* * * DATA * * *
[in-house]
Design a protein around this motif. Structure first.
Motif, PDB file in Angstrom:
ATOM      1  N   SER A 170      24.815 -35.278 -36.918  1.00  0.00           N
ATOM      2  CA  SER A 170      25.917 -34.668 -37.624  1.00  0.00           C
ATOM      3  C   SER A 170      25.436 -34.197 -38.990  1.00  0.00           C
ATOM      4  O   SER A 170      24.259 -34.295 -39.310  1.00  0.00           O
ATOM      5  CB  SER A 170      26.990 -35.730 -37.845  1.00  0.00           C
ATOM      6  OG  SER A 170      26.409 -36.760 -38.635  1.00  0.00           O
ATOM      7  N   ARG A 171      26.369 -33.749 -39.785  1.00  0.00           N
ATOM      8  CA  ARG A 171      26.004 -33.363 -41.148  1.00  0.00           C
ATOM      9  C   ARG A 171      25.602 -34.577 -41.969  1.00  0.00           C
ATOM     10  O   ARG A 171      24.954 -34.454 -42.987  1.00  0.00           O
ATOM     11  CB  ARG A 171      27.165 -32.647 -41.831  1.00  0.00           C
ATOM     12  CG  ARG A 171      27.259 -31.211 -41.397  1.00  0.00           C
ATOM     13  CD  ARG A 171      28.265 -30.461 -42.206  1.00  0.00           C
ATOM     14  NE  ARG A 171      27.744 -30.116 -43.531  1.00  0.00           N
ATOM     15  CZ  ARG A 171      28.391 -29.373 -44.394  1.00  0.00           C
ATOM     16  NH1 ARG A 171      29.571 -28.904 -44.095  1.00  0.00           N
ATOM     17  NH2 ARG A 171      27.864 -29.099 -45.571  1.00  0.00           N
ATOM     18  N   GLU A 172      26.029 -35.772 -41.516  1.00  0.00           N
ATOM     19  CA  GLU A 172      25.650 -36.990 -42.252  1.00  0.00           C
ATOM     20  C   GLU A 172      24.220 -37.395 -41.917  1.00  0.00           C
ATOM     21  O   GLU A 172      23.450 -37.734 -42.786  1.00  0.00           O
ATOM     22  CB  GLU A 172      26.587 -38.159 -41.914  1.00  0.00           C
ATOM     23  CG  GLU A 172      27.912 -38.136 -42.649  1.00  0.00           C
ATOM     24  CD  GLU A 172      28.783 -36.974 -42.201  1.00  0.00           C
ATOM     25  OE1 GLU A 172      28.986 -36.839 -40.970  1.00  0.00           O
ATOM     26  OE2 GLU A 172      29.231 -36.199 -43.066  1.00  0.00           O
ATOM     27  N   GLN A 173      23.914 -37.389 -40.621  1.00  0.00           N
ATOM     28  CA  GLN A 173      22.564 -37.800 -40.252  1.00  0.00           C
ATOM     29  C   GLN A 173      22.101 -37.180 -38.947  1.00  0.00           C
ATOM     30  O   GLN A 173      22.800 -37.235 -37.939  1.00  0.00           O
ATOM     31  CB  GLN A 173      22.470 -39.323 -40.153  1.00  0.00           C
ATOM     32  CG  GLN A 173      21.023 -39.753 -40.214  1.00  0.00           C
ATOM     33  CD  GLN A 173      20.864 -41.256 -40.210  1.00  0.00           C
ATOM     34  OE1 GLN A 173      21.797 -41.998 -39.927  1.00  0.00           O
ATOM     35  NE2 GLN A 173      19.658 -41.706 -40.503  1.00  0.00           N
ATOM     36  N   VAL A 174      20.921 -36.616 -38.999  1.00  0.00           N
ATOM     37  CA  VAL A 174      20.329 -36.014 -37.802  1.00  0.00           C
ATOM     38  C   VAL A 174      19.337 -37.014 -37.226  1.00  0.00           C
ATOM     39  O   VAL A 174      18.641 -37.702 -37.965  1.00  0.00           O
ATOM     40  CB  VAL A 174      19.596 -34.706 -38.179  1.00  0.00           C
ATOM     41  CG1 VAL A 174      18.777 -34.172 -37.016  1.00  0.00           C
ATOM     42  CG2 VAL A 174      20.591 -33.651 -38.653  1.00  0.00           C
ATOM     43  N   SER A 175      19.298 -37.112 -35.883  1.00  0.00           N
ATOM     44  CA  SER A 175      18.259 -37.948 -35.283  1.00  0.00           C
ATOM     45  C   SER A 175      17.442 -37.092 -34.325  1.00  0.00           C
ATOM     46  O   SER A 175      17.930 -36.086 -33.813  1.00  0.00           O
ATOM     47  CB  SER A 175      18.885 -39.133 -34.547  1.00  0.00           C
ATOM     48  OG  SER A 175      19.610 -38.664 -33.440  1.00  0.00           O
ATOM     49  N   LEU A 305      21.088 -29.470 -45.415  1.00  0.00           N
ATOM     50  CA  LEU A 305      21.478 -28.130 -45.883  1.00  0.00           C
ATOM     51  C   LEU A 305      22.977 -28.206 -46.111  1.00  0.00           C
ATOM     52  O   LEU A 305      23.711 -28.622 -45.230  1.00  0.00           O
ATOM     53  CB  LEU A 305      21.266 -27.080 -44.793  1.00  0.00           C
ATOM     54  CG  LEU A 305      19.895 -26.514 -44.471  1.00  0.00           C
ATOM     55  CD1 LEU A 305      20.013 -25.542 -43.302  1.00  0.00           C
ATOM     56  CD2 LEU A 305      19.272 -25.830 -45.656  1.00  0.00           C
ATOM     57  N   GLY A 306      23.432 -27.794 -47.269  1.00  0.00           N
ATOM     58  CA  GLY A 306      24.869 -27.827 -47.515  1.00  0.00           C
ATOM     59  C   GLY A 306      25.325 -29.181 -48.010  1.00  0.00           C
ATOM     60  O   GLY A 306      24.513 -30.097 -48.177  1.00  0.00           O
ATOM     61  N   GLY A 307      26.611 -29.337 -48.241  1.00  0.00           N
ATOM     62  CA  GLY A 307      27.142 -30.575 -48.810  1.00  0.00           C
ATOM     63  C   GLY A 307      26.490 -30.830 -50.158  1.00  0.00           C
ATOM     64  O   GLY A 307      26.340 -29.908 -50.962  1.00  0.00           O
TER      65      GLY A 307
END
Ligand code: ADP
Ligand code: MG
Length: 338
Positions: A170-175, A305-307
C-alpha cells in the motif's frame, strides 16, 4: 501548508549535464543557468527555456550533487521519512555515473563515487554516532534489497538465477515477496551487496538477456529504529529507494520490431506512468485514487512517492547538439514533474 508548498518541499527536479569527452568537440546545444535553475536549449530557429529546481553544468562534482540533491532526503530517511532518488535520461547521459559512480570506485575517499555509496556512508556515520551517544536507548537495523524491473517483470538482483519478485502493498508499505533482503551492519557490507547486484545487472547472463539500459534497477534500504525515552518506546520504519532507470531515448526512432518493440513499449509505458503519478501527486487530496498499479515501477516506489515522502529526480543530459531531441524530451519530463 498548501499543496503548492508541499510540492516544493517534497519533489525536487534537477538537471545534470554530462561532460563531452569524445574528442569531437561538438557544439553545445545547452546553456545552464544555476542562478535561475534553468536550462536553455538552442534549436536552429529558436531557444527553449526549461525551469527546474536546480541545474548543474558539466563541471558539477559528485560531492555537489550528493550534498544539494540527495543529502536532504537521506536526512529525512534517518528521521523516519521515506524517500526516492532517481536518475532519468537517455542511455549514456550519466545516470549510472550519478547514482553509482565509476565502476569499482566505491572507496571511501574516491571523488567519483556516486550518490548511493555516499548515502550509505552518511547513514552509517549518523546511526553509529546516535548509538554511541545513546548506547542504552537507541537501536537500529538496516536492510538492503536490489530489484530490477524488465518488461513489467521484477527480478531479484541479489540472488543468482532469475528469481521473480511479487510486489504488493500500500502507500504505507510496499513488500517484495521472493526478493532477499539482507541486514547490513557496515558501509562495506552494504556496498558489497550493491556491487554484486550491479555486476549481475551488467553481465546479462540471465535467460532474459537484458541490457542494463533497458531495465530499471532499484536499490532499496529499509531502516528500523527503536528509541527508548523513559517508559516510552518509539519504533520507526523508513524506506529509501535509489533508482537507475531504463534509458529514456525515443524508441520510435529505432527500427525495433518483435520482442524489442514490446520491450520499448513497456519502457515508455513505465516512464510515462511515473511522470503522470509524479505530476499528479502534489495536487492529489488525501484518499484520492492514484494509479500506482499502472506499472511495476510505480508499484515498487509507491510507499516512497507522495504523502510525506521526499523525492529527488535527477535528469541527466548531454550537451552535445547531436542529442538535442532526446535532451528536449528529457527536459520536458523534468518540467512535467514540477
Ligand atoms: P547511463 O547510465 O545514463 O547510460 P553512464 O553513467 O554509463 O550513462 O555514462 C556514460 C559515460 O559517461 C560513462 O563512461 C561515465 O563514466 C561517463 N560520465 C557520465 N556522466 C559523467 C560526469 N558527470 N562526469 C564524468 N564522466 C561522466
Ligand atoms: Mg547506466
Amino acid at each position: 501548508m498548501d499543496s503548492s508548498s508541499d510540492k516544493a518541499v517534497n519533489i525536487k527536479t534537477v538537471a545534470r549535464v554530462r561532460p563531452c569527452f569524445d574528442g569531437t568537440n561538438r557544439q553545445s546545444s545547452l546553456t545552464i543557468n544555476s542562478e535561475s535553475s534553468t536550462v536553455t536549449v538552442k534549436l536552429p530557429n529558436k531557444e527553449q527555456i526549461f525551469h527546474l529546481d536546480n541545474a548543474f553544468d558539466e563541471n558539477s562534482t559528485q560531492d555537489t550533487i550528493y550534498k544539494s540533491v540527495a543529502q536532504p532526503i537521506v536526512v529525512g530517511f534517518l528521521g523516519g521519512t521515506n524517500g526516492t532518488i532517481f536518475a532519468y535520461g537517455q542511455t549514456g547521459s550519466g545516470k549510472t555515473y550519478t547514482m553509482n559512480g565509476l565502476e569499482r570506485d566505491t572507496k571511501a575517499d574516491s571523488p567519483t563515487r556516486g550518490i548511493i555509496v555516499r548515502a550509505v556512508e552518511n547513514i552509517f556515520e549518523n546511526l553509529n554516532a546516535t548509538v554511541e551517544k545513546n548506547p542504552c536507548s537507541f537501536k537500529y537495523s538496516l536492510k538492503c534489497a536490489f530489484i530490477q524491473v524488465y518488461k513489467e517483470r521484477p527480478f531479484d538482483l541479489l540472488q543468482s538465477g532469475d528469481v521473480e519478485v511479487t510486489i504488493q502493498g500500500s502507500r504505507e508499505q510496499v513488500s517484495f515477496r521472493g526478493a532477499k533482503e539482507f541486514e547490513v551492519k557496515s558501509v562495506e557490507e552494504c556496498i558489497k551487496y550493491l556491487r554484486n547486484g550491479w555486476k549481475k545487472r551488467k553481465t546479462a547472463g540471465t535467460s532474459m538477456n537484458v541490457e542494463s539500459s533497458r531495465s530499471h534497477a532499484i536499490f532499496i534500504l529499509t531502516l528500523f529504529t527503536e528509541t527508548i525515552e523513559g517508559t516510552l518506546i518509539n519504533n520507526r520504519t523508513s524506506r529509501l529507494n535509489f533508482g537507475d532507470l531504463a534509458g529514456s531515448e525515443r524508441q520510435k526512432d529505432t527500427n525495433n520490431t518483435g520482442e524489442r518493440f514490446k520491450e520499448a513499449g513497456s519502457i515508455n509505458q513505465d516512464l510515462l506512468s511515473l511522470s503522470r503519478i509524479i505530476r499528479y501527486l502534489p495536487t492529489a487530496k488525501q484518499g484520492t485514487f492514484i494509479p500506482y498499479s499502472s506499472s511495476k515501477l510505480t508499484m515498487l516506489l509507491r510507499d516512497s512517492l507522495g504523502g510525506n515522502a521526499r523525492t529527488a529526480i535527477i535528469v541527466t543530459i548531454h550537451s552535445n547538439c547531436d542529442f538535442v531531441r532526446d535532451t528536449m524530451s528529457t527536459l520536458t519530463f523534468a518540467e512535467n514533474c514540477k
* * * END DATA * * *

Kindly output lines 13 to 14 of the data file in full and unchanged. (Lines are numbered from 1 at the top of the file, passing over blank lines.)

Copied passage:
ATOM     10  O   ARG A 171      24.954 -34.454 -42.987  1.00  0.00           O
ATOM     11  CB  ARG A 171      27.165 -32.647 -41.831  1.00  0.00           C